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Important aspects of governance

What is Governance? 

In 1993, the World Bank defined governance as the method through which power is exercised in the management of a country’s political, economic and social resources for development. 

In simple words, Governance is the process and institutions through which decisions are made and authority in a country is exercised. 

  •  Governance can be used in several contexts such as corporate governance, international governance, national governance and local governance. 
  • Thus governance focuses on the formal and informal actors and institutions involved in decision-making and implementing those decisions. 

 Stakeholders of Governance 

Government is one of the key actors in governance.  Other actors may include political actors and institutions, interest groups, civil society, media, non-governmental and transnational organizations. The other actors involved in governance vary depending on the level of government. 

Typically, the stakeholders of governance at national level can be categorised into three broad categories – 

  • State 
  • Market 
  • Civil Society. 

1. The State includes the different organs of then government (Legislature, Judiciary and Executive)  and their instrumentalities, independent accountability mechanisms etc. It also consists of different segments of actors (elected representatives, political executive, bureaucracy/civil servants at different levels etc.) 

2. The Market includes the private sector – organised as well as unorganised – that includes business firms ranging from large corporate houses to small scale industries/ establishments. 

3. The Civil Society is the most diverse and typically includes all groups not included in (a) or (b). It includes Non-Governmental Organizations (NGOs), Voluntary Organizations (VOs), media organisations/ associations, trade unions, religious groups, pressure groups etc.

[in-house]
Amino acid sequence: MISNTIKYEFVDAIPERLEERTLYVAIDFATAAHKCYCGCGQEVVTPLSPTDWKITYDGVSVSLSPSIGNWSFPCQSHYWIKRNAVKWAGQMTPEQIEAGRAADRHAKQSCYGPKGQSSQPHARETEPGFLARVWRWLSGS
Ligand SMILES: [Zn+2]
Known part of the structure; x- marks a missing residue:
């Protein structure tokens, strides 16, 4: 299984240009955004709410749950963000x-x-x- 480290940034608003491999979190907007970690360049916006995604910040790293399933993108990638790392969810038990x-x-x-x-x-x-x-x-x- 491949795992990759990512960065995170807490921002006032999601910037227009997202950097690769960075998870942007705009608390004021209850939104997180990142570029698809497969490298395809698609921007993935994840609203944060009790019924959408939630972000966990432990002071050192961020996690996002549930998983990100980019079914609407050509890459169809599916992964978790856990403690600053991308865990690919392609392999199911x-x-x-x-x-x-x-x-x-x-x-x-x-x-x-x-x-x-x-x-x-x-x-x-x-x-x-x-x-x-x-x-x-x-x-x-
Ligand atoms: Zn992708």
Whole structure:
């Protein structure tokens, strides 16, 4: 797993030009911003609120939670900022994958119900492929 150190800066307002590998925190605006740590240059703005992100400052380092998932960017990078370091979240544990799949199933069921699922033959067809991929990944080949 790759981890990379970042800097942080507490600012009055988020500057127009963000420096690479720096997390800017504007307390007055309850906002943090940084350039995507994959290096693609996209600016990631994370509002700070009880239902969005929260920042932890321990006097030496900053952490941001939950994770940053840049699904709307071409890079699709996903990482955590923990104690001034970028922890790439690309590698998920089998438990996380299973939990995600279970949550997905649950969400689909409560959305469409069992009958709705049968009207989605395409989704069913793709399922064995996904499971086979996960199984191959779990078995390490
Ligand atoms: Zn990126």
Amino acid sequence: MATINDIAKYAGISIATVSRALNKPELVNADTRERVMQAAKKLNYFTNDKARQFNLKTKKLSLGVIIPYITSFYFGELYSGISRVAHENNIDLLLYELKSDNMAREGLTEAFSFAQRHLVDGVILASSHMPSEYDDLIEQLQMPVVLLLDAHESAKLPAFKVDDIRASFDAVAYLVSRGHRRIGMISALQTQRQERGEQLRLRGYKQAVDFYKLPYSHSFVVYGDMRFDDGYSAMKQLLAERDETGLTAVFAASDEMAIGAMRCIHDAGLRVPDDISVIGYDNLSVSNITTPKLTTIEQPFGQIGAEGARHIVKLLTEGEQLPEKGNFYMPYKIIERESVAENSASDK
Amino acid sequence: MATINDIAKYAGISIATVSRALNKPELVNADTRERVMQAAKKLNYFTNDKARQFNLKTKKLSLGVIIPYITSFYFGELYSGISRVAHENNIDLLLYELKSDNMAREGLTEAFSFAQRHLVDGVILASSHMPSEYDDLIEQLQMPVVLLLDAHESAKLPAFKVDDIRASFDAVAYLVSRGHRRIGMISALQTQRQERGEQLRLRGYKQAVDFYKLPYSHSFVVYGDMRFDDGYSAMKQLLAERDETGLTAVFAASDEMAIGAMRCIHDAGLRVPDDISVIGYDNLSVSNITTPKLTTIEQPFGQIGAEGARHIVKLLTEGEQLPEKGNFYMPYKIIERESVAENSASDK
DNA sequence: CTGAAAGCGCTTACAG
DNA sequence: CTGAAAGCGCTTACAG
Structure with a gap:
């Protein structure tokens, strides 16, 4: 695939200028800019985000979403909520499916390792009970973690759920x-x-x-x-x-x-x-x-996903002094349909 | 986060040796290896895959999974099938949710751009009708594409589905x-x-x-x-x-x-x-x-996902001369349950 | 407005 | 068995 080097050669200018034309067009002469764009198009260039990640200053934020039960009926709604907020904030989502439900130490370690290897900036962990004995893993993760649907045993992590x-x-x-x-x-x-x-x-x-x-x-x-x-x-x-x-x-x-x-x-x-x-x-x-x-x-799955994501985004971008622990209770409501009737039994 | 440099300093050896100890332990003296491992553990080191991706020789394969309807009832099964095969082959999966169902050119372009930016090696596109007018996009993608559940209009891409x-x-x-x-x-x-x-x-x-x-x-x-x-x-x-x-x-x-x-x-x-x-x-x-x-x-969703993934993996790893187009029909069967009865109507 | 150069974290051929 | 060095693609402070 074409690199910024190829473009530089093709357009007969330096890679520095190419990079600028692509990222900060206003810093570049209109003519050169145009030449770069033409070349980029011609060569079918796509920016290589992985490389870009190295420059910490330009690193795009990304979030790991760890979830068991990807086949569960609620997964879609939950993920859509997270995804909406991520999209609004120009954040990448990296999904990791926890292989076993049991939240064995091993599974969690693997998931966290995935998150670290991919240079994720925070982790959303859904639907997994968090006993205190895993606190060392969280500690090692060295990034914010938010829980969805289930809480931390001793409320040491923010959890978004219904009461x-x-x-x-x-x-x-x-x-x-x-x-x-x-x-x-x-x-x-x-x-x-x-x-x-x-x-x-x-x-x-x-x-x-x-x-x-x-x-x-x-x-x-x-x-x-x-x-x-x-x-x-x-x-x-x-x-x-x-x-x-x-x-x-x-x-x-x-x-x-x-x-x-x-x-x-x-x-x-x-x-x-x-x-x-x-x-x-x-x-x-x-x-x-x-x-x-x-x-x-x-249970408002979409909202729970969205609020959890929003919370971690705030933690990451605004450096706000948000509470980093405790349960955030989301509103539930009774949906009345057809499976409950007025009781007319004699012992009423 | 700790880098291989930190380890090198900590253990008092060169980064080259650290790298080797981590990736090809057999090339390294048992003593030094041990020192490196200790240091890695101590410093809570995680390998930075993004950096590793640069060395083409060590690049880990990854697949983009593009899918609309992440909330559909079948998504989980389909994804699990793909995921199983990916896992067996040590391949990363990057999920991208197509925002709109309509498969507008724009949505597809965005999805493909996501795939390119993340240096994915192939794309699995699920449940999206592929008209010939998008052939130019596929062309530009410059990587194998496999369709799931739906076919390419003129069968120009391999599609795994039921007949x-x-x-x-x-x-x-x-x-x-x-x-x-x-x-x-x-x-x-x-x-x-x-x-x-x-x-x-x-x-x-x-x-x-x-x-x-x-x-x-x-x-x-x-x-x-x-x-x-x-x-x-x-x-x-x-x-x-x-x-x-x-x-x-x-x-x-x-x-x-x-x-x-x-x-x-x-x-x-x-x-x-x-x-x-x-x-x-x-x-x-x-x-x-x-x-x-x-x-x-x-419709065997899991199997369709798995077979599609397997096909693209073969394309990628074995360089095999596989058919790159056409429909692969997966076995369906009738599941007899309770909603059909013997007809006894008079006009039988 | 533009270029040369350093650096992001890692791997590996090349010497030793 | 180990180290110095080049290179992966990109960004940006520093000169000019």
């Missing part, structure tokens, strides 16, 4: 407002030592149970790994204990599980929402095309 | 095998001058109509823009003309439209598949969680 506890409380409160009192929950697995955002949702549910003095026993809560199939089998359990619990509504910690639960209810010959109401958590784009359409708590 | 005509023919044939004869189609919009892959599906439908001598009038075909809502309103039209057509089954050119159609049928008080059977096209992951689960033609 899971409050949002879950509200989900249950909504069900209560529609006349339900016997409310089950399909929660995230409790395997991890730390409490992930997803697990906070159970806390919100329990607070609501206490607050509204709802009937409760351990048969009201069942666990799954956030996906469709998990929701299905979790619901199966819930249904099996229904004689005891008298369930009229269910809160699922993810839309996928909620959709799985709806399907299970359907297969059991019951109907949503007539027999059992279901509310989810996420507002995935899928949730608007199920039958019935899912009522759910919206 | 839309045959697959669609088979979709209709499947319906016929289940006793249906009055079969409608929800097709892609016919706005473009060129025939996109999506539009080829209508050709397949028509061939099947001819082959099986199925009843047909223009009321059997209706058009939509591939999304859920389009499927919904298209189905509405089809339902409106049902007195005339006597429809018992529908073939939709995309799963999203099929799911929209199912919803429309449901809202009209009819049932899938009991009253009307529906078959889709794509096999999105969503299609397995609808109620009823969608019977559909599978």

Good Governance 

Governance’ by itself is a neutral term while `Good Governance’ implies positive attributes and values associated with the quality of governance. Good governance is a dynamic concept and there is much subjectivity involved in defining the aspects of good governance. 

United Nations Development Programme (UNDP) recognizes eight core characteristics of good governance: 

1. Participatory 

2. Consensus oriented 

3. Transparent 

4. Accountable 

5. Responsive 

6. Effective and Efficient 

7. Equitable and Inclusive 

8. Follows the Rule of Law 

Understanding the key terms: 

Participation:  • Participation of all section of society is cornerstone of good governance. • Participatory governance provides opportunities for citizens to take part in decision making, implementation and monitoring of government activities. 
Consensus oriented • Good governance requires mediation of the different interests in society to reach a broad consensus on o what is in the best interest of the whole community and o how this can be achieved. • It also requires a broad and long-term perspective on what is needed for sustainable human development and how to achieve the goals of such development.